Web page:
"But what one loves most
amid all the various adventures is the country, the woods, the rising
of the twilight, the moonlight. These are, for the painter, honeymoon
trips with Nature. One is alone with her in that long and quiet
association. You go to sleep in the fields, amid marguerites and
poppies, and when you open your eyes in the full glare of the sunlight
you descry in the distance the little village with its clock tower
which sounds the hour of noon"
Reviewed by Sheila Cornelius
Guy de Maupassant achieved his debut success in 1880 with Boule de Suif,
a fitting starter for this collection. It features those aspects for
which he’s best known: an evocative landscape, characters who reveal
their true natures in an unusual situation and a moralistic analysis of
society. The stories are set in Normandy, the cast ranging from
peasants to aristocrats, with a preponderance of army officers and
prostitutes. Maupassant’s mastery of the thumbnail character sketch is
reminiscent of William Hogarth’s satirical drawings. The coach
travellers in Boule de Suif,
for instance, include an "undersized and pot-bellied" tradesman , "a
nobleman advanced in years and of aristocratic bearing" and a nun who
is, "old and deeply pitted with smallpox that she looked for all the
world as if she had received a charge of shot full in the face".
His characters are prone to deadly intent or passionate
devotion, equally liable to seek revenge or to take their own lives
when crossed in love. Loyalty contrasts with cruelty, for instance, in Two Friends.
A Prussian officer kills two French men when they refuse to betray a
neighbour. Having interrupted their fishing trip and thrown the
bodies into a river he confiscates their catch and orders his servant:
"Have these fish fried for me at once, while they are still alive; they’ll make an excellent dish".The
protagonists are restless, whether itinerant artists, townsfolk fleeing
from Prussian occupation or a brothel madam and her charges out for a
spree. Typical encounters with confiding strangers take place in
wayside lodgings and add immediacy to the tales.
Strangers will often turn out to be connected in some respect. In Happiness,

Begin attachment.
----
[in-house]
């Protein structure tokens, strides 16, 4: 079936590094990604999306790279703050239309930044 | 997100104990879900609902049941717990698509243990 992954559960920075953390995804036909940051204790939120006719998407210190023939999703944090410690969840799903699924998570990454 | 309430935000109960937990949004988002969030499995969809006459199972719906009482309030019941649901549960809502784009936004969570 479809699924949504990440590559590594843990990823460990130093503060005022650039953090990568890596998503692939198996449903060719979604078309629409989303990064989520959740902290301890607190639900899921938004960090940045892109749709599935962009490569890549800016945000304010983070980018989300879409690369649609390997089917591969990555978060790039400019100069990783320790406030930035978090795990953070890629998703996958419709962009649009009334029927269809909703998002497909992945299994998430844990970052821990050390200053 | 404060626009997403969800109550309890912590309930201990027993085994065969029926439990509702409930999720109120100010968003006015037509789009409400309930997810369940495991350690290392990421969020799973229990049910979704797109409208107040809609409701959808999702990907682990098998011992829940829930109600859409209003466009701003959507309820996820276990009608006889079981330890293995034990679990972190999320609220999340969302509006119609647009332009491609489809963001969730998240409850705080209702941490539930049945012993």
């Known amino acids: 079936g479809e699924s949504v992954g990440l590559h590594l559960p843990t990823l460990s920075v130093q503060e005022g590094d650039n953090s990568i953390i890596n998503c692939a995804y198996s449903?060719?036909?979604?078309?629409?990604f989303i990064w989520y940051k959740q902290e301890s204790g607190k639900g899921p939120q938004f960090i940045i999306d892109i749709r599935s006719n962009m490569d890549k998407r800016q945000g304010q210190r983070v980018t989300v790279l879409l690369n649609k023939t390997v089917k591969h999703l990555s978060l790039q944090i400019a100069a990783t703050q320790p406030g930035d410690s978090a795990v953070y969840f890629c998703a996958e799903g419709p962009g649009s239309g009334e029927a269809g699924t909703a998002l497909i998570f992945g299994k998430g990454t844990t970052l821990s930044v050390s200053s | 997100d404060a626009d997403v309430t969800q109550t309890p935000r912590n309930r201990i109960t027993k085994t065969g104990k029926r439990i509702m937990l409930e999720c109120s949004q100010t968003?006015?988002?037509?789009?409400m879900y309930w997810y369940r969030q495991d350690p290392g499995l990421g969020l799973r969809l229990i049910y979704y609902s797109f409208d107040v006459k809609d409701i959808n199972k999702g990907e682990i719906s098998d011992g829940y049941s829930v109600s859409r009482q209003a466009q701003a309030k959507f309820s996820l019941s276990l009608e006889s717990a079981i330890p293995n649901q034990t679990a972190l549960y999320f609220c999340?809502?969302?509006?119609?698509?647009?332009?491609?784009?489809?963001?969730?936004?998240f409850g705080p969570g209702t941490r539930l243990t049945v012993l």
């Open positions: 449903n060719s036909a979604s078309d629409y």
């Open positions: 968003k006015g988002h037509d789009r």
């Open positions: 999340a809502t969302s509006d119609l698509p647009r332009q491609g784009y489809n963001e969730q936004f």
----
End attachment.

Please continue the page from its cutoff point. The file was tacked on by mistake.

for instance, a traveller is entertained in Corsica by old couple who
have eloped from his home town some years before. The narrator,
"wonderstruck by the power of love" is surprised when the woman
enquires about families in the old neighbourhood. The stories
have a quality of fable; flawed human nature and ironies of fate play
out against a backdrop of dining, love affairs and (sometimes
Eating and drinking occupy a fair amount
of time, whether omelettes and boiled chitterlings in an inn, an
impromptu picnic of wine and sausage in a carriage or meat roasted on a
spit; action, when it occurs, is sudden and often shocking. A boorish
officer in Madamoiselle Fifi,
for instance, comes to a violent end when his boast of conquering
France is an insult too far for a local girl; she seizes "a
small dessert knife with a silver blade from the table" and "almost mad
with rage" stabs him "right in the hollow of his neck."
anti-religious vein, a dislike of puritanism and hypocrisy, runs
through the stories, although in Maupassant’s world even priests are
not exempt from the redeeming effects of nature. An old abbé
bent on interrupting a midnight tryst in Clair de Lune
passes through a moonlit garden where plants are "filling the
warm moonlit atmosphere with a kind of perfumed soul", and comes
to the conclusion that God permits illicit love "since He surrounds it
with such a visible splendour".
His women mainly pander to male appetites and domestic needs, with occasional hints of a more iconic role. In Useless Beauty,
a married woman with children convinces her husband that she is "not
merely a being destined to perpetuate the race, but the strange and
mysterious product of all our complicated desires which have been
accumulating in us for aeons."
Ironies of fate and the apparent futility of human efforts to avoid it is shown in one of his best known stories, The Necklace,
where a woman and husband work for ten years to repay the cost
of lost jewels only to discover they were a copy with little
If the stories embody a pessimistic outlook, however,
they are framed by a pastoral charm and sometimes farcical humour, such
as when a young man is rewarded for his abstemious lifestyle and gets
drunk on the prize money, in Madame Tellier’s Rosier.
If characters fall short of their own aspirations, the tales themselves
are memorable and satisfying, justifying Maupassant’s reputation as the
father of the modern short story.